Published on 1 Oct 2014 Sections

Kids yes, Muslims no: US shooting range owner sparks outrage

Pro-gun campaigner Jan Morgan declares her Arkansas shooting range a “Muslim-free zone”.

Gun instructor and campaigner Jan Morgan

Ms Morgan, owner of the Gun Cave Indoor Firing Range, announced the ban in a post on her website – which has since been taken offline.

Explaining her decision, she wrote: “Two Muslims walked in to my range last week with Allah Akbar ring tone and message alert tones on their smart phones. They spoke very little English, one did not have proof of US citizenship, yet they wanted to rent and shoot guns.

“Their behaviour was so strange, it was unnerving to my patrons. No one would enter the range to shoot while they were there. Some of my customers left. (Can you blame them?)” she wrote.

“I understand that not all Muslims are terrorists,” she said. “I also believe there are as many Muslims who do not know what is in their Koran as there are Christians who do not know what is in their Bible.

“Since I have no way of discerning which Muslims will or will not kill in the name of their religion and the commands in their Koran… I choose to err on the side of caution for the safety of my patrons”.

Public support

The conservative blogger also stated she had received death threats from Muslims for her views on Islam. She had previously posted verses of the Koran online which she claimed encourage Muslims to be violent.

Following publicity at her stance, Ms Morgan said her Facebook page had received thousands of comments, the majority of them supportive: “Folks, I have over 3,000 messages in my inbox on this page, and over 2,000 in my home page… My phone answering machine is jammed full with messages and so is my cell. Thousands of messages of support and encouragement from virtually every state in the country and lots from Europe and Australia.”

Ms Morgan also cites the 2013 Boston Marathon bombing as a motivating factor in her decision to ban Muslims from her business.

Changing perceptions

In February, the Arab American Institute (AAI) released a poll of US attitudes towards Arabs and Muslims. The poll – the third in a biannual series – showed a continued downwards slide in the number of Americans who felt favourable towards Arabs and Muslims. It found that 42 per cent of respondents felt that American Muslims would be negatively influenced by their religion.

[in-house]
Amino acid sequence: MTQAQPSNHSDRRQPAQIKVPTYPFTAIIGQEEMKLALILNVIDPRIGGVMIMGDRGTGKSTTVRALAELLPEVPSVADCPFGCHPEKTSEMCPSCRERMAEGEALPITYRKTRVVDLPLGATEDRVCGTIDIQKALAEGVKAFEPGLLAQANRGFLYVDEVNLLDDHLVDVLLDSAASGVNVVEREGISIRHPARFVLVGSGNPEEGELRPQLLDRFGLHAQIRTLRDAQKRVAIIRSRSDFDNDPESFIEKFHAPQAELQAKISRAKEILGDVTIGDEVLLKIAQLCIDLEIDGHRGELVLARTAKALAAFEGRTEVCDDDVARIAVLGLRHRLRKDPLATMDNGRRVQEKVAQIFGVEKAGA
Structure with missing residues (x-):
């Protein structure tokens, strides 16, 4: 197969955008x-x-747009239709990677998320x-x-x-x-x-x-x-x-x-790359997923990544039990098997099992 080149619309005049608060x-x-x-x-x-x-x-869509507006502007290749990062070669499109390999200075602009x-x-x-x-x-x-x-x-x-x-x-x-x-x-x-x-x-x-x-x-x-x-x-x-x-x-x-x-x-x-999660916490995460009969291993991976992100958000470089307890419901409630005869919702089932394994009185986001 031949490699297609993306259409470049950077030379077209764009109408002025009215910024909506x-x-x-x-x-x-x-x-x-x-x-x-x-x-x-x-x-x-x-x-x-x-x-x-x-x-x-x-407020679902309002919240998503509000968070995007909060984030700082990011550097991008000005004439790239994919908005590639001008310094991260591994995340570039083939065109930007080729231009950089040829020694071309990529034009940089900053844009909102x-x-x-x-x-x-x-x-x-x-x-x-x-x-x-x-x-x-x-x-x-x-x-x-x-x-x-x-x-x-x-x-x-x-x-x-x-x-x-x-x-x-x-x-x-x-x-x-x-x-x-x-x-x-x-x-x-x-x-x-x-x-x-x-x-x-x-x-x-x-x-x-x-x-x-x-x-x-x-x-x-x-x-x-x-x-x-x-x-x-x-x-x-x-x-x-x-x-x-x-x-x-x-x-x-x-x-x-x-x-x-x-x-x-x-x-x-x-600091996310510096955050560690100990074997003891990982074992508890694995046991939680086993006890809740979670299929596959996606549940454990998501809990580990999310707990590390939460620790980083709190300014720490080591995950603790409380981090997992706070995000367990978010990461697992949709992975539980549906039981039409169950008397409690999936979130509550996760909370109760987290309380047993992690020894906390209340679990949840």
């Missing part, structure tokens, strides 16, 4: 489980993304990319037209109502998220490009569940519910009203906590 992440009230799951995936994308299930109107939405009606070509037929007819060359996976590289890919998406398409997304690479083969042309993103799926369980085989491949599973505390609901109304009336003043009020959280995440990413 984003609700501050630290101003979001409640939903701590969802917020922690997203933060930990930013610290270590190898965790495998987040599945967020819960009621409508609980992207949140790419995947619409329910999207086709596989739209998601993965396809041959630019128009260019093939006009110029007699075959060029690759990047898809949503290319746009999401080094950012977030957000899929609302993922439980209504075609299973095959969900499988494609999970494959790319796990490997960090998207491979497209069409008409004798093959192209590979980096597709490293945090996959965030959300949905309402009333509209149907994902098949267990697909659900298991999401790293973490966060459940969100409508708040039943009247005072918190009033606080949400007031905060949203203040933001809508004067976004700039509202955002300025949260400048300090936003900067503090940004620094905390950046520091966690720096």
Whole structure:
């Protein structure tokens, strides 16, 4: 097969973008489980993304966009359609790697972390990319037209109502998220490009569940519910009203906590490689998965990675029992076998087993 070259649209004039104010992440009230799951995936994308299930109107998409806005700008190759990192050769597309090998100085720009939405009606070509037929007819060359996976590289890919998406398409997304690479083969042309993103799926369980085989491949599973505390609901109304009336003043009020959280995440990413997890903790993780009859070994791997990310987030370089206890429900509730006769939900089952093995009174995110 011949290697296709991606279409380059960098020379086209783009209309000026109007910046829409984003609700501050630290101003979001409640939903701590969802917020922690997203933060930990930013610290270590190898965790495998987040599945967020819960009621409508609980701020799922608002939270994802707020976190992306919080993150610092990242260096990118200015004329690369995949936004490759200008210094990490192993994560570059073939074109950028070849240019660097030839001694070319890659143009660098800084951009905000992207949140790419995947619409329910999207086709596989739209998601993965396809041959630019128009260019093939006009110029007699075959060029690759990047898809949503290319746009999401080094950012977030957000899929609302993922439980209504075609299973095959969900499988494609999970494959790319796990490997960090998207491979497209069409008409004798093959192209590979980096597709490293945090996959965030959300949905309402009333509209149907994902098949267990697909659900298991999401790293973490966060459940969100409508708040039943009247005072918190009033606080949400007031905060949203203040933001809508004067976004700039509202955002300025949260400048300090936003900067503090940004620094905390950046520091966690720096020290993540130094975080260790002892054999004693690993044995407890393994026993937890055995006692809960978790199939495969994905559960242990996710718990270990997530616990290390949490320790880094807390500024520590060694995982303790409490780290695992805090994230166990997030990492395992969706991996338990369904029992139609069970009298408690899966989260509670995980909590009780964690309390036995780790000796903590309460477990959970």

In August the death of American jihadi Douglas McAuthur McCain in Syria raised the profile of home-grown Muslim extremism. The number of US jihadis fighting with Islamic State is small compared to those from other countries – at the time of McCain’s death, the Pentagon said it was aware of a “handful” of Americans fighting in Syria.

However, the prospect of jihadis with US passports returning from the battlefield to carry out attacks on US soil has become a concern for US authorities. In September the Obama administration launched an outreach effort to raise awareness within American Muslim communities about young people joining Islamic State extremists.

The pilot programme, due to take place in several US cities over the coming months, aims to bring law-enforcement officials together with community and religious leaders to discuss radicalization. The White House is also planning a summit later in October on “Countering Violent Extremism.”

Children and guns

In a separate blog prompted by the recent fatal shooting of a gun instructor by a nine-year-old girl at an Arizonan gun range, Jan Morgan backs the right of children to learn to use guns: “I am an avid supporter of exposing young people to shooting sports and firearms under strict supervision and with proper training.”

However, she points out that her range does not allow under-18s to shoot automatic weapons.

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